This protein-rich salad is perfect for a healthy lunch, or as a side with dinner.
There’s a reason it’s the most popular recipe on Hot For Food.
The Incas called quinoa ‘the mother of all grains’ due to its excessive nutritional value. You can spruce up the colour of the plate by using white, red and black quinoa.
The rice, with its slightly chewy texture and Indian spices, provides the perfect backdrop for tender chicken, crunchy raw vegetables, sweet grapes and toasted nuts.
Dried cranberries and toasted pistachios are mixed with buckwheat and dressed with a lemon and parsley dressing in this nutritious salad, perfect with barbecued meats.
This dish provides the nutrient-rich benefits of liver, combined with the high levels of anti-oxidants found in oranges, parsley, and many salad greens.
This rice salad is packed with vitamins, minerals and fibre. It is an excellent way of using up left-over roast beef, and the vegetables can be varied to suit all tastes.
This crunchy potato salad goes well with barbecued meats.
Potatoes and lentils make great partners, with their earthiness and ability to carry other flavours.
Tiny green puy lentils have a slightly nutty texture and flavour. They keep their shape well once cooked, making them perfect in salads. Here they are mixed with sausages and Mediterranean vegetables, plus a handful of fresh rocket.
Mac ‘n cheese is quite possibly the most perfect dish on the planet. The original version uses full-fat cheese, cream and white pasta, so the whole thing is pretty much fat and carbs. My version uses creamy sweet potato to thicken the sauce (plus adds nutrients and flavour), non-fat evaporated milk so that the sauce doesn’t separate during baking, and brown-rice pasta.
Select small beets with their greens still attached; they have the most flavour.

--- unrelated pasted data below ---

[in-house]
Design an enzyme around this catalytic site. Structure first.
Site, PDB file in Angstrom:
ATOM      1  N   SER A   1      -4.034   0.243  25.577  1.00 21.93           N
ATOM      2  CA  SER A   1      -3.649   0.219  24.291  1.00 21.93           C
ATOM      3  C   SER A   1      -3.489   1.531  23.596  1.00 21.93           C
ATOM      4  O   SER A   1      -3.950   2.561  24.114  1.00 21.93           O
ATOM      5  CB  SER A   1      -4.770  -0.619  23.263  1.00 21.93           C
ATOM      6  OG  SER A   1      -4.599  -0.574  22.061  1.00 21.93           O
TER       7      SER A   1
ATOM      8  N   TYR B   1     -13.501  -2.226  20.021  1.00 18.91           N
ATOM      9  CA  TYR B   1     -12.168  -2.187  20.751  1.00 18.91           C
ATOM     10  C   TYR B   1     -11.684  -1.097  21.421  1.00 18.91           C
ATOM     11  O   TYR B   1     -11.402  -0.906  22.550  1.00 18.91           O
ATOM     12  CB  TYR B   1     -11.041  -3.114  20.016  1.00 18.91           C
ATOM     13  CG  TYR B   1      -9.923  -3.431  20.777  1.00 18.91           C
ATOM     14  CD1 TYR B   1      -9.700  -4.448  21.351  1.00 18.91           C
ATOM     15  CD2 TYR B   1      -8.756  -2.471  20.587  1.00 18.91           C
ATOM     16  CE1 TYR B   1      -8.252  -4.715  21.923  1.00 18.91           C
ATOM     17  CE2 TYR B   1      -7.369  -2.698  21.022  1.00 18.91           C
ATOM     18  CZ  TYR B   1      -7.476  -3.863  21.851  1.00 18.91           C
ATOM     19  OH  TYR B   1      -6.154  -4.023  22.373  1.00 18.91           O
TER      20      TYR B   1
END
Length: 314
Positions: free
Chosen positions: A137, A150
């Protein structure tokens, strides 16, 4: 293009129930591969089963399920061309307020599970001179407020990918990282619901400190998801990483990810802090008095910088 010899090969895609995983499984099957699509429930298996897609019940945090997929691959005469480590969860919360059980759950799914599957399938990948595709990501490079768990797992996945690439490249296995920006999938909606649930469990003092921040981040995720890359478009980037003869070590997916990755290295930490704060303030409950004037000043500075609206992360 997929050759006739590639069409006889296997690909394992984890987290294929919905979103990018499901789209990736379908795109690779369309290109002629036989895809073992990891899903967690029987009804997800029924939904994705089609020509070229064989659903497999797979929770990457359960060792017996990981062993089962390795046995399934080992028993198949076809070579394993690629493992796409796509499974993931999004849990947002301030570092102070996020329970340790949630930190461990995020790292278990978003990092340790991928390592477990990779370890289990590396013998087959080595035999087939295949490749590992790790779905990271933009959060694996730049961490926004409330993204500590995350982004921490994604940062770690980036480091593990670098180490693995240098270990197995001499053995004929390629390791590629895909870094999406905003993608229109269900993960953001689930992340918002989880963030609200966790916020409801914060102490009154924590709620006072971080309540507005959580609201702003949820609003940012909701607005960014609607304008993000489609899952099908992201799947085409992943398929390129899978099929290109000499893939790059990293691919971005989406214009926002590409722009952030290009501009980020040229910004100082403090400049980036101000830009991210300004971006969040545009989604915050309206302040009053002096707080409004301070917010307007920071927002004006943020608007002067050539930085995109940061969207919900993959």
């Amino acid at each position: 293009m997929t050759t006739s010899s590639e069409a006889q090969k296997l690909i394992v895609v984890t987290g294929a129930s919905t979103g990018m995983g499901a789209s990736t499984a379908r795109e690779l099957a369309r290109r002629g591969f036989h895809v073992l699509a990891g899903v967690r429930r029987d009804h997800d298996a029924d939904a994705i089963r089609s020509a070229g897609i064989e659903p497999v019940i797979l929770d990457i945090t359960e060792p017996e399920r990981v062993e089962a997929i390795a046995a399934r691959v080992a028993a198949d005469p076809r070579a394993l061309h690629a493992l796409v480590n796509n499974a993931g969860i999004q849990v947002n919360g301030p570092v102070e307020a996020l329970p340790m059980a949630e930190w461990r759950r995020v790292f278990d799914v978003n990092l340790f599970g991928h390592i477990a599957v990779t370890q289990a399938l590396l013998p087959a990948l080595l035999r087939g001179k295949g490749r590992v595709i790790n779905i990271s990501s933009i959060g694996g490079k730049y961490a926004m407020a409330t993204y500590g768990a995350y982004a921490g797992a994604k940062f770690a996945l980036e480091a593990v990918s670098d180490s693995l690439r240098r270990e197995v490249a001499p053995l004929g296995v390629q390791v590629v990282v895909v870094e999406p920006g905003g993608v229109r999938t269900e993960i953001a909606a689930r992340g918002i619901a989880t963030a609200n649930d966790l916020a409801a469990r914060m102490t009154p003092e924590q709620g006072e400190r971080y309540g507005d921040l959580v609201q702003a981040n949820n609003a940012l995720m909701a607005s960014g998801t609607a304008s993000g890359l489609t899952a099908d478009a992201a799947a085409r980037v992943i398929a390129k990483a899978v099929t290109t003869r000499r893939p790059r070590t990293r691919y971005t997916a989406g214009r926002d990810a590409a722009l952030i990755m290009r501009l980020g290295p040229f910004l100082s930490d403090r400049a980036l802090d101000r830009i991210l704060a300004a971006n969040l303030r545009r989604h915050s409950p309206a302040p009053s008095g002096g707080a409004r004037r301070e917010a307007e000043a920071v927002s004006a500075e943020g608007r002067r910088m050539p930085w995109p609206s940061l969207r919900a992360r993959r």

A vegetarian version of the hearty French country dish, this uses canned beans for a quick and easy one-pot. It’s finished in the traditional way, with a crunchy breadcrumb and herb topping, plus nuts for extra protein.
This lighter version of the great French classic, chicken in red wine sauce, is lower in fat and includes more vegetables. It just needs some crusty, rustic-style bread and perhaps a light green salad to serve it with. The dish is better if made a full day ahead so the flavours can mature.
The combination of Pernod and fennel adds a wonderful anise flavour to this popular seafood dish, which just needs some crusty whole wheat bread to mop up the tasty juices. Mussels are low in fat and rich in many minerals, including iron and zinc.
This dish is best started overnight to maximize the rich flavour of the beef and red wine. It’s worth using a good-quality red in the dish – you’ll appreciate the superior flavour.
A hearty beef and vegetable casserole that can be left to cook or made ahead and then reheated before serving. Cook the dumplings on top shortly before serving.
This hearty dish of lean lamb layered with delicious root vegetables and baked in a covered casserole is perfect for busy lives. Once assembled, it can simply be left to cook and won’t be spoiled if left in the oven a little longer.
Perfect for summer lunches or an alfresco dinner party, this informal dish is simple to make and very healthy. Serve with slices of toasted ciabatta.
Chicken and spicy chorizo sausage combine well with vegetables and lentils, which are naturally low in fat and a good source of fibre, to create this hearty and flavourful pan-fry. Serve with a green salad to round out the meal.